“Cognition” is a scientific term for the working of the brain and ‘cognitive fitness’ is all about getting your brain into the best shape possible to enable you to be at your ‘personal best’ every day.
In a competitive world, it’s vital that every ounce of value is squeezed out of every asset. Your workplace experience and brain is no exception.
Why should organisations care about cognitive performance?
Organisations are dependent on many things for success – but arguably in the knowledge economy, the most important assets are the people.
Businesses are essentially buying “brainpower” so it makes sense that there is some focus on ensuring that each person brings their best mental performance to work and that they are provided with the best range of environments and tools to enable them to get the most from that brain and cognitive ability. So, in the world of knowledge work the ability to derive maximum value from each human brain on the payroll individually and collectively is mission critical – and deserves some attention.
Understanding the factors that influence cognitive performance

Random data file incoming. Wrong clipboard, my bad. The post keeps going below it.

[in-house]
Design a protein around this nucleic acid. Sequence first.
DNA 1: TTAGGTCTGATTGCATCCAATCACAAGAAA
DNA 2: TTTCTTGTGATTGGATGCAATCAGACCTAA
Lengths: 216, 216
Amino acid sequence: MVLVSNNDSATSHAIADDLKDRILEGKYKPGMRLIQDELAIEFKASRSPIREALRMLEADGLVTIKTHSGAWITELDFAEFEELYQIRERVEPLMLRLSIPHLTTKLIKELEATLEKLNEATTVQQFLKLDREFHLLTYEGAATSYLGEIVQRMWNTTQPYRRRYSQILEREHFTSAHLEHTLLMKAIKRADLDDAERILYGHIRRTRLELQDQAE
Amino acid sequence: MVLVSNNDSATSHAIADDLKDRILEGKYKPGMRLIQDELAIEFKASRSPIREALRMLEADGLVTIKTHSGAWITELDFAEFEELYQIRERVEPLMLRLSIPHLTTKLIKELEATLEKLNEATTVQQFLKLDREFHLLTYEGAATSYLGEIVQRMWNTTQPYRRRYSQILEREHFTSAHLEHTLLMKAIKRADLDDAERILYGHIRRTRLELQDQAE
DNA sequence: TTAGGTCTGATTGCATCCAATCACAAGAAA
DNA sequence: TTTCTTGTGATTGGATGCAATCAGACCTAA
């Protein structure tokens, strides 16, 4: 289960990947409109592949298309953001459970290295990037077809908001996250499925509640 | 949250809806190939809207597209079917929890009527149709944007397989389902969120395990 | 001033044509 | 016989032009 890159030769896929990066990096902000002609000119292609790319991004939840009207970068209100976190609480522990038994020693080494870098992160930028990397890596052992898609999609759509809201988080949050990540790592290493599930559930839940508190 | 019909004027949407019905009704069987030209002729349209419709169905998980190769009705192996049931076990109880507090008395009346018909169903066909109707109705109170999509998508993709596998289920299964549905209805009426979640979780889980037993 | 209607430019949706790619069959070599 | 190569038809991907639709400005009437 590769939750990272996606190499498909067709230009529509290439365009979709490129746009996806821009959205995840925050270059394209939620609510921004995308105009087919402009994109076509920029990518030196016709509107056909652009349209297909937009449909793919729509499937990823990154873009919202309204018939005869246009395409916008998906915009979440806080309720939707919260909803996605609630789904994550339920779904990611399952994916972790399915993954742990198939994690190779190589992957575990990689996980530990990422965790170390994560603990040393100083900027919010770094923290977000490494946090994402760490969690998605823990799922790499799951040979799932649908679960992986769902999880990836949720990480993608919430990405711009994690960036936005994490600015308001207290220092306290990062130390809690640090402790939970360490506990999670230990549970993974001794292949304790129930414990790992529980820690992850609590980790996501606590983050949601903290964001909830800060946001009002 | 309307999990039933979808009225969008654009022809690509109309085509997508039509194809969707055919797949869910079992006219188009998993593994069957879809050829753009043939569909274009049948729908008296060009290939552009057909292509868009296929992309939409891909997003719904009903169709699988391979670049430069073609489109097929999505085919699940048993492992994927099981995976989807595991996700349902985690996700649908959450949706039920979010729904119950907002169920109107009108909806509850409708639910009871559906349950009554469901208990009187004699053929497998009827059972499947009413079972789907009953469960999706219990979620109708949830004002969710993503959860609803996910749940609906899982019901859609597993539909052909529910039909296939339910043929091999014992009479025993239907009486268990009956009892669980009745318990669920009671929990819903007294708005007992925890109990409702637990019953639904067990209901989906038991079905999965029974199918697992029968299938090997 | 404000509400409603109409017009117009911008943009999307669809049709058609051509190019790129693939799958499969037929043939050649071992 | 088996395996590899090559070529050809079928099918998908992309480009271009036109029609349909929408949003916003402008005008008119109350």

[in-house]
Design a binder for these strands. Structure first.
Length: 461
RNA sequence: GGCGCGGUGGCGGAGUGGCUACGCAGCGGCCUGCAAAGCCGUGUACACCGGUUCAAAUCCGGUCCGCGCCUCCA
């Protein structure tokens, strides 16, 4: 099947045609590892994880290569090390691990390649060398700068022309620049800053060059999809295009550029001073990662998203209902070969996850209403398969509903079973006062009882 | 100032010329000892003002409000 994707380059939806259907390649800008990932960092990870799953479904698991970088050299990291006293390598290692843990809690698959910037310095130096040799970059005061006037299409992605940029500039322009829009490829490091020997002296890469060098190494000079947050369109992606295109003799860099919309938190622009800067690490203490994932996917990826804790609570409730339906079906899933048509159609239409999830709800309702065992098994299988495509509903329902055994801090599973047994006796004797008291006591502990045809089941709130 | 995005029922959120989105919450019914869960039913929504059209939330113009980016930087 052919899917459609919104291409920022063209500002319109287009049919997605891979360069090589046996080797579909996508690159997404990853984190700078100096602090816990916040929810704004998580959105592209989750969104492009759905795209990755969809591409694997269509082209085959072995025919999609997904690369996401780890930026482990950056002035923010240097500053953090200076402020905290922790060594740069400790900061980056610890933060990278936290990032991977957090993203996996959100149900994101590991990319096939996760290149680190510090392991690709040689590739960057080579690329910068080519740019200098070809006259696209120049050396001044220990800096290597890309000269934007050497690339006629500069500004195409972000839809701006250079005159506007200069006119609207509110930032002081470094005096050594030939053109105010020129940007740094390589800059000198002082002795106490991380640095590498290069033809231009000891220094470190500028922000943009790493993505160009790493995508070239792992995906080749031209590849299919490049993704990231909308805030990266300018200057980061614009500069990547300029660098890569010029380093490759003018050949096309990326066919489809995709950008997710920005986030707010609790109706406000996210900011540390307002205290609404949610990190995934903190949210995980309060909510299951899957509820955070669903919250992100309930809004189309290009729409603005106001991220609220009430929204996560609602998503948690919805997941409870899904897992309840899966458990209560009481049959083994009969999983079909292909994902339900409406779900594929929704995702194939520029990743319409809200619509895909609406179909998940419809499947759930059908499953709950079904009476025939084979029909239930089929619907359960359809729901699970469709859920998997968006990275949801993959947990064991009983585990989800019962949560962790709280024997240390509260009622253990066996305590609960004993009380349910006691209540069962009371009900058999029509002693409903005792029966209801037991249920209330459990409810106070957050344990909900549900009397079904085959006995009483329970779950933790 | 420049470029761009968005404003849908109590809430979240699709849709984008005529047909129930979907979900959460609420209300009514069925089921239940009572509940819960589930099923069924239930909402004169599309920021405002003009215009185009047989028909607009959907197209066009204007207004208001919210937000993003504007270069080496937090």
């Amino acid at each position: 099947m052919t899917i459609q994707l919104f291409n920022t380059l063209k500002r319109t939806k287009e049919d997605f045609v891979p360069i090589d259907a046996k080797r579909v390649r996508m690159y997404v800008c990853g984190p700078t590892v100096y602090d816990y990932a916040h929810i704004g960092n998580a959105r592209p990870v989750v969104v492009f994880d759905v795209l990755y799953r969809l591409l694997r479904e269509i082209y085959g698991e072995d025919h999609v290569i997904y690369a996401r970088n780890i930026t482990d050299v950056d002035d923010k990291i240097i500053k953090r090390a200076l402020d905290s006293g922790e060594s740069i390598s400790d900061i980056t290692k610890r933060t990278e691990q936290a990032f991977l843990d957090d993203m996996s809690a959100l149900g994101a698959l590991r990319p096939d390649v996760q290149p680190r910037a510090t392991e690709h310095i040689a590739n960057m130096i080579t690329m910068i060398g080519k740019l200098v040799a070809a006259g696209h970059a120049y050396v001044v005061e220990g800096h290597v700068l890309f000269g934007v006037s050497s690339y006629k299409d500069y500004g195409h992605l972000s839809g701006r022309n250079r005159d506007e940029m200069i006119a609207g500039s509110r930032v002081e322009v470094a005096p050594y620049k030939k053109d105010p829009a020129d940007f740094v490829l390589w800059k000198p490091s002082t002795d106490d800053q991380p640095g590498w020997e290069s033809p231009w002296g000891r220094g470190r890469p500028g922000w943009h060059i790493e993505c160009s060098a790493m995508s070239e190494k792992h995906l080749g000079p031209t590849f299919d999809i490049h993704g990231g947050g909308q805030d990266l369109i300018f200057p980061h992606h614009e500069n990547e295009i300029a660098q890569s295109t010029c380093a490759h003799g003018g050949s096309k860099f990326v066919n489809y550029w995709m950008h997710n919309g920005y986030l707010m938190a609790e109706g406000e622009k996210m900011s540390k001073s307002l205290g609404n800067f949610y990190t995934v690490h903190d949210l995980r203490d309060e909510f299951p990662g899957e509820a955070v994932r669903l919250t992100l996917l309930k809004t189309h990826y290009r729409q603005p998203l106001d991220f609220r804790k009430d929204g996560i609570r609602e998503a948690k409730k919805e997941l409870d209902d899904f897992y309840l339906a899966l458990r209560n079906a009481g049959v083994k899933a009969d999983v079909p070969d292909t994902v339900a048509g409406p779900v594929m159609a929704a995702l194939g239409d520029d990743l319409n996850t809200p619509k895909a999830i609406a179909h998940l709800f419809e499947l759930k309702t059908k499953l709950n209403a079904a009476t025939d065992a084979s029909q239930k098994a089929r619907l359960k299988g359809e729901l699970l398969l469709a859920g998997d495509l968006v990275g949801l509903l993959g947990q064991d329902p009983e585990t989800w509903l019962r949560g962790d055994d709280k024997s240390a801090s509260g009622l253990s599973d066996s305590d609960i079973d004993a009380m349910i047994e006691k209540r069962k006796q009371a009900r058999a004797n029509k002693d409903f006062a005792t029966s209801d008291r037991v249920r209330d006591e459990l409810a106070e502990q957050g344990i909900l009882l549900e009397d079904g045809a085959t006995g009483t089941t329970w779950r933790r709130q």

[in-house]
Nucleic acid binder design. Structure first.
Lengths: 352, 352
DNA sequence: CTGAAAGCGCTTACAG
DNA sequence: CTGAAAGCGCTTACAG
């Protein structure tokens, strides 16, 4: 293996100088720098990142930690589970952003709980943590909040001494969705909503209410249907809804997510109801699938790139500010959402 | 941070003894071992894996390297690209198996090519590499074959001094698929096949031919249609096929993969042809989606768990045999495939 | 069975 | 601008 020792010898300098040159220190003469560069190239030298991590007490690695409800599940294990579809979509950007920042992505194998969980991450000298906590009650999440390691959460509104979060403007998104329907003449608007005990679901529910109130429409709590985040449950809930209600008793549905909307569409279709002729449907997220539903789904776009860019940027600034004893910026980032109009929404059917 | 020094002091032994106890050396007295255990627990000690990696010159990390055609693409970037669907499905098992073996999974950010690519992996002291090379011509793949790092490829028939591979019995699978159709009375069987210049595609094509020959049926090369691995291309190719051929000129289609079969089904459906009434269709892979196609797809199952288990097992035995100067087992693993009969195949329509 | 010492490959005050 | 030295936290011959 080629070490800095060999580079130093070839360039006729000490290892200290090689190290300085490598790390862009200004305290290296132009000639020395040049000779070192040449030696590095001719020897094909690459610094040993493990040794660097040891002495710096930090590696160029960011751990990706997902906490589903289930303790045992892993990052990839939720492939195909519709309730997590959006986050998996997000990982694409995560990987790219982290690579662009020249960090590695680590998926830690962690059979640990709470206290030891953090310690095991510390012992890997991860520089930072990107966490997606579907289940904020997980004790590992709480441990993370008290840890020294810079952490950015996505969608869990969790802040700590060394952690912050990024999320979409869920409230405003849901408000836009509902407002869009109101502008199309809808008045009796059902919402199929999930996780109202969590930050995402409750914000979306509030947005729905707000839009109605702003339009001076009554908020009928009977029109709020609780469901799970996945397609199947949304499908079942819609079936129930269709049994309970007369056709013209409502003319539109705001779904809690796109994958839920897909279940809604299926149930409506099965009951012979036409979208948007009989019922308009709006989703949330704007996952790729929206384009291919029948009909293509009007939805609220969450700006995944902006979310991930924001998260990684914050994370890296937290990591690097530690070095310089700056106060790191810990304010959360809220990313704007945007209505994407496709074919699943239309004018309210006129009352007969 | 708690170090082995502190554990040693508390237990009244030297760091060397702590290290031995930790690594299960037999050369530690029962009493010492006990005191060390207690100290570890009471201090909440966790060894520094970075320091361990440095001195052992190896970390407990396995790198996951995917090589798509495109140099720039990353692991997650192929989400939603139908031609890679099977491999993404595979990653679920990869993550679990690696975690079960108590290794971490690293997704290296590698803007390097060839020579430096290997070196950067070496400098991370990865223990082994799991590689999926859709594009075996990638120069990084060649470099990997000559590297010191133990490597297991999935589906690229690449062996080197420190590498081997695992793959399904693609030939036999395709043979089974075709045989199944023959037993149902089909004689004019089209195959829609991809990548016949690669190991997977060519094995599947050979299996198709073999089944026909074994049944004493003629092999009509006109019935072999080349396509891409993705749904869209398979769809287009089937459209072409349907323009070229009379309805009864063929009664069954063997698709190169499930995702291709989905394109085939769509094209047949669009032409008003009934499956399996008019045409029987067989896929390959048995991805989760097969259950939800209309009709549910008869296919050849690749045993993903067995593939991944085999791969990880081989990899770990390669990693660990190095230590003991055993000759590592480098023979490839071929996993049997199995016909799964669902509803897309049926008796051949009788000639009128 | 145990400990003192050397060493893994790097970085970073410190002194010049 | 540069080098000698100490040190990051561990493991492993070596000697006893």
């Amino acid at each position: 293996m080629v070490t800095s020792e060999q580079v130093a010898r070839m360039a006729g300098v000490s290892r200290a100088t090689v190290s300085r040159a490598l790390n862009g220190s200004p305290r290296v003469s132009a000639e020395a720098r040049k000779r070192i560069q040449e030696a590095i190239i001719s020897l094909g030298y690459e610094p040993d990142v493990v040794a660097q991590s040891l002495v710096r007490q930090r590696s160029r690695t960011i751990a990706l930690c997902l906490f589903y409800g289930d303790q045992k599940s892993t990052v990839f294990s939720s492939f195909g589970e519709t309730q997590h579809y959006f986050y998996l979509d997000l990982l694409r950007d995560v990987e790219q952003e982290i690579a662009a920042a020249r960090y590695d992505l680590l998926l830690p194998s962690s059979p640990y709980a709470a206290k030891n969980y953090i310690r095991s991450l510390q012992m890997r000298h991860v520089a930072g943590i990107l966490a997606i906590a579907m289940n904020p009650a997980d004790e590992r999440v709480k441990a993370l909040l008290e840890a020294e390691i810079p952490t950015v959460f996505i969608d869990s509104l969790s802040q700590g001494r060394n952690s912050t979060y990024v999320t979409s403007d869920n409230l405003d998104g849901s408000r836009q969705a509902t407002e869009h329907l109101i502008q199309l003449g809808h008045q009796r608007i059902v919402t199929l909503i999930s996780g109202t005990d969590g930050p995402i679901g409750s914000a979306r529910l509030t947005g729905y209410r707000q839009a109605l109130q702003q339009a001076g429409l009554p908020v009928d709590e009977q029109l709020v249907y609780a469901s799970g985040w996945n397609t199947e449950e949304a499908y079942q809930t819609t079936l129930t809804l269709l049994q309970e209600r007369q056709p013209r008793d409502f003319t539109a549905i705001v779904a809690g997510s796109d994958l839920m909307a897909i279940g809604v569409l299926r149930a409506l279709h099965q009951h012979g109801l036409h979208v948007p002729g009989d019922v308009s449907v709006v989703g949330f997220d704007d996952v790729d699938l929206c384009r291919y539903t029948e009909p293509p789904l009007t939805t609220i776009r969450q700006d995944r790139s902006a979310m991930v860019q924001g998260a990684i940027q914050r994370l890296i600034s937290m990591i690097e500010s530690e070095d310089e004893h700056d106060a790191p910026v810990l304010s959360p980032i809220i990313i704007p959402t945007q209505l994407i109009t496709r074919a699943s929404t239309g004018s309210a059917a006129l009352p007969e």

Our study, undertaken in partnership with The Centre for Evidence Based Management (CEBMa) identified and examined robust, peer reviewed academic research, seeking to understand what research could tell us about the factors that impact the cognitive performance of the brain.
The rigour and efficacy of the process used by CEBMa guarantees that data is ‘bullet proof’ and can be relied on as the best available scientific evidence on the subject at this time.
This research identified a number of factors that positively or negatively impact the brain’s mental performance.
This is illustrated on the graphic to the right. Some of these factors are about personal habits and behaviours (i.e. exercise, hydration, sleep, caffeine), but others are about the environment in which people work (i.e. noise & interruptions, temperature, lighting).
To understand the impact of these factors and the issues surrounding the adoption of better habits and behaviours, we also undertook a trial which showed that while many of these factors might seem “obvious”, that people don’t always adopt the best habits, and don’t always fully understand the importance of these factors to their own brain’s performance.
Through a process of education and experimentation, a team of volunteers started to adopt better habits that anecdotally were reported as beneficial to their personal cognitive performance.
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We apply our cognitive performance research through programmes and assessments and help achieve the optimum level of individual brain power.